More lovely news from our friends in Enlightened Modern [Muslim] Europe:
For Derya, a waiflike girl of 17, the order to kill herself came from an uncle and was delivered in a text message to her cellphone. “You have blackened our name,” it read. “Kill yourself and clean our shame or we will kill you first.” more...This terrible incident reminds me of a question that I have not understood for some time. I know that no one in the United States would look upon this as anything other than an atrocity. No matter their political stripe, social traditions, background, or upbringing, no one would ever say that this girl did what she ought, or that the uncle in this case was doing right in helping her to choose the right course of action. The conservative Christian would rightly decry the sin against human dignity, and the radical feminist would hold this up as an example of gross misogynism and gender tyranny.
What I do not understand would be the inability of the radical feminist to associate this behavior directly with Islam. Since the vast majority of the feminist crowd would charge Christianity with fundamental misogynist features and denounce orthodox Christian faith as immoral, hateful, and oppressive, why do they not do the same with Islam?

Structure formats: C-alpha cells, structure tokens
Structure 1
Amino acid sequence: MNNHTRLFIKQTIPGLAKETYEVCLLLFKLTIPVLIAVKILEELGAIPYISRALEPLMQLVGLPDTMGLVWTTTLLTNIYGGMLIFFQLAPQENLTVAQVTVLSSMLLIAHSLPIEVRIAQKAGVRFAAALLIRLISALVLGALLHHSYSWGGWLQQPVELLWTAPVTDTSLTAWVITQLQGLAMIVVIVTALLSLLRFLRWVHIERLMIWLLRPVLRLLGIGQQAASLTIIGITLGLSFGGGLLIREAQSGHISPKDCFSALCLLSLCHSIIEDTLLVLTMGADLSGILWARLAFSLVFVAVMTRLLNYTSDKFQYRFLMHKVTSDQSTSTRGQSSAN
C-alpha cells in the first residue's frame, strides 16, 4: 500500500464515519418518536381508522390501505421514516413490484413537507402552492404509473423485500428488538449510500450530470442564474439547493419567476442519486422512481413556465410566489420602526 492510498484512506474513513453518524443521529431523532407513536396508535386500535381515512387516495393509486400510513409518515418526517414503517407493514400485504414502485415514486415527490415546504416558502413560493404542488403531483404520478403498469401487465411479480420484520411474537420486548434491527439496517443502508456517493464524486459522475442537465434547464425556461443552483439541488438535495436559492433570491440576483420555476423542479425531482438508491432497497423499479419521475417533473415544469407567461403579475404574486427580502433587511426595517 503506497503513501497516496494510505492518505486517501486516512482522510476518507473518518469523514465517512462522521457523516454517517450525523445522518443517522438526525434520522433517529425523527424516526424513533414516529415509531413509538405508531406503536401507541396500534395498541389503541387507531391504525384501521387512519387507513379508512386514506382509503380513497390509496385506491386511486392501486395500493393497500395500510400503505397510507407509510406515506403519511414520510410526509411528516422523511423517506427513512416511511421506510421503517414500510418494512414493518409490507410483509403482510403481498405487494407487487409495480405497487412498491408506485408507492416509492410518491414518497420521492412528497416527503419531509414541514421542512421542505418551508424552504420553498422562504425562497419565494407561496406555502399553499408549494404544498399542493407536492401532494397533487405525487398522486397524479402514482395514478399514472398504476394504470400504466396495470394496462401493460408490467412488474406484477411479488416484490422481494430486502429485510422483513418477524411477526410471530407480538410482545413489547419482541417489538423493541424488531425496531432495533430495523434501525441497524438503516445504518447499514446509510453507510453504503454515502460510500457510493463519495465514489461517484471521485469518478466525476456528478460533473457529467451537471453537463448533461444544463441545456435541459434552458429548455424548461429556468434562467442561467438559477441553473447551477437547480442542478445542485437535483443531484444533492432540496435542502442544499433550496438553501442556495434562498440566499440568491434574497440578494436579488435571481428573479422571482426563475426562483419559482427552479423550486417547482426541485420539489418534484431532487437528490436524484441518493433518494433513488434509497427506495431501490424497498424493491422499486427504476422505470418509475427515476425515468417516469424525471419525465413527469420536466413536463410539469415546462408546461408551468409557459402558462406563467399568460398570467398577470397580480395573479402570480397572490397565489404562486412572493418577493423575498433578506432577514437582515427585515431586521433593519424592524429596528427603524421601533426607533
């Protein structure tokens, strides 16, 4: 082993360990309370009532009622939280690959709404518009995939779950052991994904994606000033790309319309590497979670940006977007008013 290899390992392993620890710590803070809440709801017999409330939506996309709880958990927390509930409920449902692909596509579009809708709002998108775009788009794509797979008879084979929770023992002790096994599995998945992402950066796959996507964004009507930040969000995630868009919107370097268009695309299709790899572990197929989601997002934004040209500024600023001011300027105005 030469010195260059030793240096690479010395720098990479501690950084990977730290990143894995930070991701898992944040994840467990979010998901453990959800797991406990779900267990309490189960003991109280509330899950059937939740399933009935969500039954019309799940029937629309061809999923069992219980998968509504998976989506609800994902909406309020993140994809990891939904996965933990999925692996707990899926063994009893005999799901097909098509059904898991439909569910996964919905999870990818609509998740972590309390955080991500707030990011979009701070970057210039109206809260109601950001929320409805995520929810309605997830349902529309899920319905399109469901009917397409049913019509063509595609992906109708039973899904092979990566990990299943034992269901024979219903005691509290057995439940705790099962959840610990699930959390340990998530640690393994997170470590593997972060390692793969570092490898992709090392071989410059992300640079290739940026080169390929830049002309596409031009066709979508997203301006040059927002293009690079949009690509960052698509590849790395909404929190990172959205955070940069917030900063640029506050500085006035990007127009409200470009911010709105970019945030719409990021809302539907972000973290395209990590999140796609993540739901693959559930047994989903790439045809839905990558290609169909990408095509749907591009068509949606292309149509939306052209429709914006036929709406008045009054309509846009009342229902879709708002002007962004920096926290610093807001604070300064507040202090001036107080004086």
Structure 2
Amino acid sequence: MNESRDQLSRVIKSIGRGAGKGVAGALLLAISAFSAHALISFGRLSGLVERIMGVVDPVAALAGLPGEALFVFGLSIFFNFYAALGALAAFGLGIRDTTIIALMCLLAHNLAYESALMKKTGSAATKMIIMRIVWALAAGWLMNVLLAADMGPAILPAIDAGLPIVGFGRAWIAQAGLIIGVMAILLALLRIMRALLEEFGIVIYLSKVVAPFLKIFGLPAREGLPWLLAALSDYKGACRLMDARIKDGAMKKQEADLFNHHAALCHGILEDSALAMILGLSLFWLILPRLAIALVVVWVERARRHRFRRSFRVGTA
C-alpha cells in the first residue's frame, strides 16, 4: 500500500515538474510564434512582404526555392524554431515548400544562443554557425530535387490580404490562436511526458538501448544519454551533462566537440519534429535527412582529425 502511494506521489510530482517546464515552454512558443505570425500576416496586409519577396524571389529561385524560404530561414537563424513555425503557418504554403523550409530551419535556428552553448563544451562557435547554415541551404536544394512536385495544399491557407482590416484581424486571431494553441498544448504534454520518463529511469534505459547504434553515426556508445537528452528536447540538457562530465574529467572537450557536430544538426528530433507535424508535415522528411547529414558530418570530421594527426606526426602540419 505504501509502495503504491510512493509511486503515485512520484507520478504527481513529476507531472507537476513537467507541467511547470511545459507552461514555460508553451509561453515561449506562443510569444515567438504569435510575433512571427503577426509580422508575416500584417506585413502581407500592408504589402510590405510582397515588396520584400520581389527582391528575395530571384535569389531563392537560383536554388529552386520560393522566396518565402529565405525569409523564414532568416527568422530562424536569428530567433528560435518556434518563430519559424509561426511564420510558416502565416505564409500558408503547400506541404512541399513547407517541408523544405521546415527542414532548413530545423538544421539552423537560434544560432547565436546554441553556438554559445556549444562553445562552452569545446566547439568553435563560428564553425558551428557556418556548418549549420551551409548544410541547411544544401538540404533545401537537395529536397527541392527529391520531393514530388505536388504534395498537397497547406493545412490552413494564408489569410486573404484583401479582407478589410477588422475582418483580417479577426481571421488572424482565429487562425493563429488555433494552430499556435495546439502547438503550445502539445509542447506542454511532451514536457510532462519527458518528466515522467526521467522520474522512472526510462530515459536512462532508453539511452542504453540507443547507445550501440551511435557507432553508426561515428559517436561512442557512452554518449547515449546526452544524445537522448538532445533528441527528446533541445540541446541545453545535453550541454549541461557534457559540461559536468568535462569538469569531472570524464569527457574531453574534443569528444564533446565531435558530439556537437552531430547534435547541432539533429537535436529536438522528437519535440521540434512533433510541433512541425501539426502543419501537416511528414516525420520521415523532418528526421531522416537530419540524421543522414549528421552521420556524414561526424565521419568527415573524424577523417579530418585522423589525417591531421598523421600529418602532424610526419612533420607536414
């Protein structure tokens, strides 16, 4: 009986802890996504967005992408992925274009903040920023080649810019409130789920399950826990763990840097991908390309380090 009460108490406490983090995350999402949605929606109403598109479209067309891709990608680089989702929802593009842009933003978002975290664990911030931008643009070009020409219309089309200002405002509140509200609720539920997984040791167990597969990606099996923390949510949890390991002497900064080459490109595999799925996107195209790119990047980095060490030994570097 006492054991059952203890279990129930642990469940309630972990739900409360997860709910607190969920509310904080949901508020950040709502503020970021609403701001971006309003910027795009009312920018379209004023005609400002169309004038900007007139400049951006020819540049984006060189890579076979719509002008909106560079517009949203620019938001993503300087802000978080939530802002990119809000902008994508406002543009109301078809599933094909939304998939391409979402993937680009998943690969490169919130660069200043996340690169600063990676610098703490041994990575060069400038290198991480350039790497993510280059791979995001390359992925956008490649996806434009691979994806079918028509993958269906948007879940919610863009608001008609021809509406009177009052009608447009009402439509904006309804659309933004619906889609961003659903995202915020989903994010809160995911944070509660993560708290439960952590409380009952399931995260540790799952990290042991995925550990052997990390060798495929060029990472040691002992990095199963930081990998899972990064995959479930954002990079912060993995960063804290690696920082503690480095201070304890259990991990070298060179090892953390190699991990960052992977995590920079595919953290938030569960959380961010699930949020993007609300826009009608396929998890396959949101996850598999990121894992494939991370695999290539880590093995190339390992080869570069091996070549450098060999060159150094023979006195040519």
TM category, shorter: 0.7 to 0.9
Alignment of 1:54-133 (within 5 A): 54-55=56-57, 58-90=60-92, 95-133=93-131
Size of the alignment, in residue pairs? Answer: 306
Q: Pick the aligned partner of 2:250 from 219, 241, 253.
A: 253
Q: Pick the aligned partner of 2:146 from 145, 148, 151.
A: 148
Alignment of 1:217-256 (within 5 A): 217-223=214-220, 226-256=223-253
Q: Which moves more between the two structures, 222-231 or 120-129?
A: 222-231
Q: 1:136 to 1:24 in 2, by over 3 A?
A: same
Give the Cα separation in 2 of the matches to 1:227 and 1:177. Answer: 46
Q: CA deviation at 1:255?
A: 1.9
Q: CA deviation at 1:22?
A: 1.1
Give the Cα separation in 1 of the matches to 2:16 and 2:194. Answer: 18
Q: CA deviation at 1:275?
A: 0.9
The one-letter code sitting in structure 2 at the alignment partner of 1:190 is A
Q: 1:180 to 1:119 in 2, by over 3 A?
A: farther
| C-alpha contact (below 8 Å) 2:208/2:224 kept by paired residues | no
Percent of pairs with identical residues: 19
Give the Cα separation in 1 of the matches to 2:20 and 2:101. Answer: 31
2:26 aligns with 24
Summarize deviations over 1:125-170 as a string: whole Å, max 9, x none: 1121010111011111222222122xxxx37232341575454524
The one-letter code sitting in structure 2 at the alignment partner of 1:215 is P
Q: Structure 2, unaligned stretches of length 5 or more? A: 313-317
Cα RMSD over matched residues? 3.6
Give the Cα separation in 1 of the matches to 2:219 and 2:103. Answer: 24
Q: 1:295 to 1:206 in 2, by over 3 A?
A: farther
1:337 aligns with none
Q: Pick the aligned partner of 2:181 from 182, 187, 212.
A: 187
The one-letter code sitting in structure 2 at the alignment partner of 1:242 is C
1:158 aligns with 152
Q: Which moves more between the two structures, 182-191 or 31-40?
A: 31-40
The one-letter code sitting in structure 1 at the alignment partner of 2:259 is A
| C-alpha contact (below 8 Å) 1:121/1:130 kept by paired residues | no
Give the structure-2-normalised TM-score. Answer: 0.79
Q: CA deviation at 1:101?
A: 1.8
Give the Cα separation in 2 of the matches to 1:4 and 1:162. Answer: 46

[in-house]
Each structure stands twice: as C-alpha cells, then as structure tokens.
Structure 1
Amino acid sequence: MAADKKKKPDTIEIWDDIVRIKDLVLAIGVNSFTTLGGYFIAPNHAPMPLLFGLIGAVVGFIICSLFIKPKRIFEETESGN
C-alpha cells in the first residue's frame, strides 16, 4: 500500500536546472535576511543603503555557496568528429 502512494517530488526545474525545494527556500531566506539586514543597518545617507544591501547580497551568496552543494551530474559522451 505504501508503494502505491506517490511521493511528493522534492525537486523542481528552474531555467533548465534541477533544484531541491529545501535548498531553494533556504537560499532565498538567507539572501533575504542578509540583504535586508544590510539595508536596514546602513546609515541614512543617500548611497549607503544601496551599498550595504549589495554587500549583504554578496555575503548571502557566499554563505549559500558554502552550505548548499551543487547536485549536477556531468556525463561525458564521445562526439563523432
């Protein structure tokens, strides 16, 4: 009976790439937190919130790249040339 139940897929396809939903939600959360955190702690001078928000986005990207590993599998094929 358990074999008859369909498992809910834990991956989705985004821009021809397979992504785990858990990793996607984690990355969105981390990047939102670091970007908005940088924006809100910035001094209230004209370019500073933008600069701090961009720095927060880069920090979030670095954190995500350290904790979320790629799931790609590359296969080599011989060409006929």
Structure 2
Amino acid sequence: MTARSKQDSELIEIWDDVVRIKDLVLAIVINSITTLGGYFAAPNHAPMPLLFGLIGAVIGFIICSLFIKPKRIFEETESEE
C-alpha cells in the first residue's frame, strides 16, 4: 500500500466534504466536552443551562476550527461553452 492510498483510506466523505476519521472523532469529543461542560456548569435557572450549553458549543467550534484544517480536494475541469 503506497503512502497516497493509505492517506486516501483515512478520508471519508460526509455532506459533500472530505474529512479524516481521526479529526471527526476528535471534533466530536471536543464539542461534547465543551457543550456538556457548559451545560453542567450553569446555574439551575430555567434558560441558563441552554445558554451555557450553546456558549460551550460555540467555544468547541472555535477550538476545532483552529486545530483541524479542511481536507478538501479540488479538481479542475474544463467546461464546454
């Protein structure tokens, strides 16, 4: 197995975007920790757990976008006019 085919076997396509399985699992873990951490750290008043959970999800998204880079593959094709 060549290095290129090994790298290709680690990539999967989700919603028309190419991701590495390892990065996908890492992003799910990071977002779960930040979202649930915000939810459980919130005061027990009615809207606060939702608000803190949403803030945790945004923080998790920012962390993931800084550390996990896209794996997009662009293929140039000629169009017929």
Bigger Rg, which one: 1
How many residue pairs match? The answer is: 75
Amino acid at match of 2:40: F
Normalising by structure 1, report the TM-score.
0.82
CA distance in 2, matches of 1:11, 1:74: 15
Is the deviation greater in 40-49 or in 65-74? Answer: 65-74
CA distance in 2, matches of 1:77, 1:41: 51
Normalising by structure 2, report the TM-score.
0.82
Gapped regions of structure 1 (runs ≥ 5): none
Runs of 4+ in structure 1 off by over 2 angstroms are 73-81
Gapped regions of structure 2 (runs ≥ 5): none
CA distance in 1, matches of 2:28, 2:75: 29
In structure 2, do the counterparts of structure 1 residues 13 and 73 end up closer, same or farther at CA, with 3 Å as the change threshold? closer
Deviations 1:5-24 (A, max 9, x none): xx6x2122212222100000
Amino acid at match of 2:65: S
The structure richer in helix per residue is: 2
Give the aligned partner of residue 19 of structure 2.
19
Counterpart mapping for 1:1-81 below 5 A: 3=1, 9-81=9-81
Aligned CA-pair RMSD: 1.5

There is a strange reticence in the media and in virtually all public circles that will not decry Islam itself. There is a startling inability to attribute terrorist activity to its roots in various strains of Islamic faith, and a refusal to note the human rights abuses commited by nearly every predominantly Muslim nation on earth. Now, when prodded, no doubt someone would say that not every Muslim would approve of the behavior in the above article. When prodded further with evidence in the form of vast numbers of Muslims that hold these sorts of attitudes and practice these sorts of behaviors, someone might be tempted to say, yes, but that cannot be attributed directly to the Muslim faith, but only to uneducated or unrelated social practices that do not bear on Islam itself. Perhaps one might be tempted to grant this on philosophical grounds, in the interest of not assailing what might be considered a worthy cultural institution and heritage.
Perhaps. But why the reticence on the part of Islam, but never on the part of Christianity. Cannot the same defenses be made concerning the Christian faith? The media and public voices routinely attribute the views and practices of some Christians (i.e., the Crusades) to all Christians. The Christian faith is almost never seen as "a worthy cultural institution", but rather a legacy of oppression and violence. All the while, the beauty of the "Religion of Peace" is never soiled by the usual practices of life under Islamic Sharia.
Why the disparity?